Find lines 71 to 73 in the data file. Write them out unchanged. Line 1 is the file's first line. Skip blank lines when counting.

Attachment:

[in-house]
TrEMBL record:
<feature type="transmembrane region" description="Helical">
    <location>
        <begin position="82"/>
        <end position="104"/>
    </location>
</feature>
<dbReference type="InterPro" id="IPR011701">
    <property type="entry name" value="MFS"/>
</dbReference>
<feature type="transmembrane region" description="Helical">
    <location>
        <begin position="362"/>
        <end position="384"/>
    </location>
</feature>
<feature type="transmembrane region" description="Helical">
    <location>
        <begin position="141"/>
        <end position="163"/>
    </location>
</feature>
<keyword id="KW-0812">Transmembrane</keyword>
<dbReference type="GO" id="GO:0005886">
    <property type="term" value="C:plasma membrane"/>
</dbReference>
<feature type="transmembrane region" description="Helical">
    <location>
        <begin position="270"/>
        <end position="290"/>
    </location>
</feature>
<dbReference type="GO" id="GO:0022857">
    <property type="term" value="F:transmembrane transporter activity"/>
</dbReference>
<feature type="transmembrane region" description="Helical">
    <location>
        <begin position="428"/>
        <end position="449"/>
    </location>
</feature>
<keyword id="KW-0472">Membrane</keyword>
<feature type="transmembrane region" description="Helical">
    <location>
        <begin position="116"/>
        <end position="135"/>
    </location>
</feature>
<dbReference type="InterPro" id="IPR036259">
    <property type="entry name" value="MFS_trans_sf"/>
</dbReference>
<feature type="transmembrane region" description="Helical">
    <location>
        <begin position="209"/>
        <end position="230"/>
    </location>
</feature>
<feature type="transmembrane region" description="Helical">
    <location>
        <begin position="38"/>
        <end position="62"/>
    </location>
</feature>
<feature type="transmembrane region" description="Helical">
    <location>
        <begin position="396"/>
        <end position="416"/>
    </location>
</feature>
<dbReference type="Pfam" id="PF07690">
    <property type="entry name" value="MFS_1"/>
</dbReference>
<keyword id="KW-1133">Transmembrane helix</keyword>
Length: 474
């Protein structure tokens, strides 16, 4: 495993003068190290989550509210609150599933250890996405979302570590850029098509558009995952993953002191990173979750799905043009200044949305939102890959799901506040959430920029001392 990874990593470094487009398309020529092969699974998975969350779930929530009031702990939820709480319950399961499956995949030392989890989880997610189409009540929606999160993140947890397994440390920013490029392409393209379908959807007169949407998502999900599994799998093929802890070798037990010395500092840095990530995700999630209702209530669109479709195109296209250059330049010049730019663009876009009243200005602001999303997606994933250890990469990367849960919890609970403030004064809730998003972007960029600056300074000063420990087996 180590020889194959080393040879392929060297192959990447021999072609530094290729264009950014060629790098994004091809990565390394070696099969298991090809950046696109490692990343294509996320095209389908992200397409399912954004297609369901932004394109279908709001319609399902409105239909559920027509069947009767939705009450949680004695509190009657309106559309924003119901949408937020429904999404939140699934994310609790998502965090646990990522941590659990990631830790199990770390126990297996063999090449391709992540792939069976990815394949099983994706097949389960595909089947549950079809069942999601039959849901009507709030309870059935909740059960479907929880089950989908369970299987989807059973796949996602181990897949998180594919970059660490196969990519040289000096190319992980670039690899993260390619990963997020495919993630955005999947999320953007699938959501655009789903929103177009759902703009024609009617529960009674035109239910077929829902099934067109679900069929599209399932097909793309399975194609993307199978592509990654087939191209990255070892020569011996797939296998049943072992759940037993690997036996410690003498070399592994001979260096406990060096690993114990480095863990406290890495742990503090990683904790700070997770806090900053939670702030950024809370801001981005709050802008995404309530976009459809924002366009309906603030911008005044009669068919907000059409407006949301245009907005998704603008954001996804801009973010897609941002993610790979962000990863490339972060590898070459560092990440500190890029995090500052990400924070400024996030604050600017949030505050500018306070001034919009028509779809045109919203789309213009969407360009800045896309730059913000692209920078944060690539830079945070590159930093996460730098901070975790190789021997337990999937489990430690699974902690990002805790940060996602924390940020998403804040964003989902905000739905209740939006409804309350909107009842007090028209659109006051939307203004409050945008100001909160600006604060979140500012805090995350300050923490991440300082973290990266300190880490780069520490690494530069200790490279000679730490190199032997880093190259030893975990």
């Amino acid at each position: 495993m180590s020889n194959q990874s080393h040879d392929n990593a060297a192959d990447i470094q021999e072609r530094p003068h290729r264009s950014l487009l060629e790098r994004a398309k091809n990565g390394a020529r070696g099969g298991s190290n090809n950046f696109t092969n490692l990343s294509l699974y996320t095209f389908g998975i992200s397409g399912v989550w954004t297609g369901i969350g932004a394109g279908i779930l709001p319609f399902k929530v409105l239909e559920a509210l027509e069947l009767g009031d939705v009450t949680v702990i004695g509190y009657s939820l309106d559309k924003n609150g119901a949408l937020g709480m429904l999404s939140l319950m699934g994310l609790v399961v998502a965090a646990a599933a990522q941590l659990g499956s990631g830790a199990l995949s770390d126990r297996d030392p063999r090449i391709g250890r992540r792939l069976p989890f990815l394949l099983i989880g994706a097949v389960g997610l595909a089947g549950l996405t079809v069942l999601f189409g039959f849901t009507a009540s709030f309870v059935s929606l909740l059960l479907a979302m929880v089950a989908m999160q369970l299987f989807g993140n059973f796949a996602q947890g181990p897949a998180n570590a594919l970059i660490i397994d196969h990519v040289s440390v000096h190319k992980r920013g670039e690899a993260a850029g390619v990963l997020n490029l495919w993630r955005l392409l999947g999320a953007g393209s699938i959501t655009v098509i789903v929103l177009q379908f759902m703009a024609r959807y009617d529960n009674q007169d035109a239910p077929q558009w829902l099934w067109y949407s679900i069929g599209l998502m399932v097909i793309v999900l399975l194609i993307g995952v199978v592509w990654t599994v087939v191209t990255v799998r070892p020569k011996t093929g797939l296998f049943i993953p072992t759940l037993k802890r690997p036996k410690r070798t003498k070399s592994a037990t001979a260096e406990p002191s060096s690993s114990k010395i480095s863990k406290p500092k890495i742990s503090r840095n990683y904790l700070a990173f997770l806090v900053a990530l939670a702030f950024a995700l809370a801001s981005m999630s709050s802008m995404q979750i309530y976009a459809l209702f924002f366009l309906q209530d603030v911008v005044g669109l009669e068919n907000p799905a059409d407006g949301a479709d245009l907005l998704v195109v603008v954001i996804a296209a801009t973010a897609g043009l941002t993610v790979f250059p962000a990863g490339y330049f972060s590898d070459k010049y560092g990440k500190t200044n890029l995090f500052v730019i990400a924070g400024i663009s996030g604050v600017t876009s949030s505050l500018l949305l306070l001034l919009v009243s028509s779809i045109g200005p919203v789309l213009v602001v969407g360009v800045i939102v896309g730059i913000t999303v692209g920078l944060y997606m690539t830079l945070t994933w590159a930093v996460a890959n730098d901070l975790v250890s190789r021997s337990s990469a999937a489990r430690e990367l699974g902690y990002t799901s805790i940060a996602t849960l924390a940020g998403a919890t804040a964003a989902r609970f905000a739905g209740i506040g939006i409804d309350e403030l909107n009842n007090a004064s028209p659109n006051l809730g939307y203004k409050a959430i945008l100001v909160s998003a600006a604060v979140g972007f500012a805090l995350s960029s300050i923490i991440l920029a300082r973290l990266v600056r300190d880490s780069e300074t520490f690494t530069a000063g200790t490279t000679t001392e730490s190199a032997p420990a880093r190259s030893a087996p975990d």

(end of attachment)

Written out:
<dbReference type="Pfam" id="PF07690">
    <property type="entry name" value="MFS_1"/>
</dbReference>